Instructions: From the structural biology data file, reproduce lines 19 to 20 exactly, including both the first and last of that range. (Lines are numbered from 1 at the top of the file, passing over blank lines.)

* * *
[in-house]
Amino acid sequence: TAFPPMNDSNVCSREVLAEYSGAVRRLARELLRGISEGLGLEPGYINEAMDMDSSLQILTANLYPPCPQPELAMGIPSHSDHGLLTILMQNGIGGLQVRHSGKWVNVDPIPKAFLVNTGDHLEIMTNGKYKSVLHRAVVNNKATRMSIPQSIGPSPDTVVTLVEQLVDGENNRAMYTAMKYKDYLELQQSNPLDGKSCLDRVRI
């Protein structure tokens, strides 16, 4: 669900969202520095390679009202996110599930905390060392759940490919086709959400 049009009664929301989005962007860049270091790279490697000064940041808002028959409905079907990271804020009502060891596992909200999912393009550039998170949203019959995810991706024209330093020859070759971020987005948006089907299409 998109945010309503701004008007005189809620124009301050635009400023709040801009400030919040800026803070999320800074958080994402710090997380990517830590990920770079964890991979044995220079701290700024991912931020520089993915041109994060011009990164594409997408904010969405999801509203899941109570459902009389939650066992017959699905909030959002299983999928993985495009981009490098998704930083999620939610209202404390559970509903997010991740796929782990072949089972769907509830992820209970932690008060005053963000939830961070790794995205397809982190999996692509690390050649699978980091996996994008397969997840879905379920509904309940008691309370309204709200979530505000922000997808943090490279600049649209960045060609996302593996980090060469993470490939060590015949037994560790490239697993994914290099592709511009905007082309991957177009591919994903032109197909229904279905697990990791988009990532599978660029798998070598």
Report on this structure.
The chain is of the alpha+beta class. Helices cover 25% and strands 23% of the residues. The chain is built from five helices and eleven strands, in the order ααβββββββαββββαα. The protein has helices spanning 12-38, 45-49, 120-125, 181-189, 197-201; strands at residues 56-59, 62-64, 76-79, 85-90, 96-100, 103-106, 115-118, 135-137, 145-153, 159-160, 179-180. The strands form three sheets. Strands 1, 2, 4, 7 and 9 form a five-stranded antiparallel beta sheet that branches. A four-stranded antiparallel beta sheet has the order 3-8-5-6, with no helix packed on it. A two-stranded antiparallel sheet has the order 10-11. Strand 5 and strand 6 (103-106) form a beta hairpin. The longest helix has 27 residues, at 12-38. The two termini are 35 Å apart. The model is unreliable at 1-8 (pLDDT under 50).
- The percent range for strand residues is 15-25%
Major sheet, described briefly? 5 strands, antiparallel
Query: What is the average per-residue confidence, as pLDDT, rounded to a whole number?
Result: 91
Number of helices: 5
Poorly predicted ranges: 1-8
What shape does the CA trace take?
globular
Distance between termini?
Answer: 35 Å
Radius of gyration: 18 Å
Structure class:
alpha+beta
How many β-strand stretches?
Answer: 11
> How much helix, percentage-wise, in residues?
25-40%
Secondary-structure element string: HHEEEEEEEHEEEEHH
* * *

How many β-strand stretches?
Answer: 11